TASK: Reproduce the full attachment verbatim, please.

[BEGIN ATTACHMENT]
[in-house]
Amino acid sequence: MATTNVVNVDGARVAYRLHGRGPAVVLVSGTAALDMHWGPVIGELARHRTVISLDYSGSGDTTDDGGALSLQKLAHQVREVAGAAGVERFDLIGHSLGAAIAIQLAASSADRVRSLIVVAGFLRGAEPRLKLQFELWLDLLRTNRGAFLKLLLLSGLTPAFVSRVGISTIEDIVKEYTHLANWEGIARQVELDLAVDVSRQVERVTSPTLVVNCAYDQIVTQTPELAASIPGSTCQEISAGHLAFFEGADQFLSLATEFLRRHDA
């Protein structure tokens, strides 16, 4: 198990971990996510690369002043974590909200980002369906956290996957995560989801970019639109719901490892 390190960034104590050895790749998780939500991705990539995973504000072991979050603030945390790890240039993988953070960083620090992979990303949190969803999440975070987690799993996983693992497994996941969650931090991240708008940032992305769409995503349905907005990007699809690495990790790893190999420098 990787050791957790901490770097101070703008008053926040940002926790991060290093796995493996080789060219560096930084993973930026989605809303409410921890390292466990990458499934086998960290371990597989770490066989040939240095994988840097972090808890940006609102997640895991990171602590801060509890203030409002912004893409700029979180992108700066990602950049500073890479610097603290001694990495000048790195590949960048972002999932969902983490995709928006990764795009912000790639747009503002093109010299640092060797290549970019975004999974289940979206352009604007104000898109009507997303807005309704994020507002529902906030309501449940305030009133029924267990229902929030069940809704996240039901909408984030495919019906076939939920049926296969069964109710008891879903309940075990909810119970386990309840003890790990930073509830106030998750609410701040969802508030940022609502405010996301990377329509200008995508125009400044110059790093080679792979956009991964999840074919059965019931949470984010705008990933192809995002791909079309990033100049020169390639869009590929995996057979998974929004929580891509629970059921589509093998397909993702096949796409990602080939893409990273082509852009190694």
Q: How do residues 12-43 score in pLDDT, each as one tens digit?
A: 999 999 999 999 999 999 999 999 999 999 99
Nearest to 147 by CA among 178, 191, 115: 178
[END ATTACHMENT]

[in-house]
Amino acid sequence: MATTNVVNVDGARVAYRLHGRGPAVVLVSGTAALDMHWGPVIGELARHRTVISLDYSGSGDTTDDGGALSLQKLAHQVREVAGAAGVERFDLIGHSLGAAIAIQLAASSADRVRSLIVVAGFLRGAEPRLKLQFELWLDLLRTNRGAFLKLLLLSGLTPAFVSRVGISTIEDIVKEYTHLANWEGIARQVELDLAVDVSRQVERVTSPTLVVNCAYDQIVTQTPELAASIPGSTCQEISAGHLAFFEGADQFLSLATEFLRRHDA
């Protein structure tokens, strides 16, 4: 198990971990996510690369002043974590909200980002369906956290996957995560989801970019639109719901490892 390190960034104590050895790749998780939500991705990539995973504000072991979050603030945390790890240039993988953070960083620090992979990303949190969803999440975070987690799993996983693992497994996941969650931090991240708008940032992305769409995503349905907005990007699809690495990790790893190999420098 990787050791957790901490770097101070703008008053926040940002926790991060290093796995493996080789060219560096930084993973930026989605809303409410921890390292466990990458499934086998960290371990597989770490066989040939240095994988840097972090808890940006609102997640895991990171602590801060509890203030409002912004893409700029979180992108700066990602950049500073890479610097603290001694990495000048790195590949960048972002999932969902983490995709928006990764795009912000790639747009503002093109010299640092060797290549970019975004999974289940979206352009604007104000898109009507997303807005309704994020507002529902906030309501449940305030009133029924267990229902929030069940809704996240039901909408984030495919019906076939939920049926296969069964109710008891879903309940075990909810119970386990309840003890790990930073509830106030998750609410701040969802508030940022609502405010996301990377329509200008995508125009400044110059790093080679792979956009991964999840074919059965019931949470984010705008990933192809995002791909079309990033100049020169390639869009590929995996057979998974929004929580891509629970059921589509093998397909993702096949796409990602080939893409990273082509852009190694």
Q: How do residues 12-43 score in pLDDT, each as one tens digit?
A: 999 999 999 999 999 999 999 999 999 999 99
Nearest to 147 by CA among 178, 191, 115: 178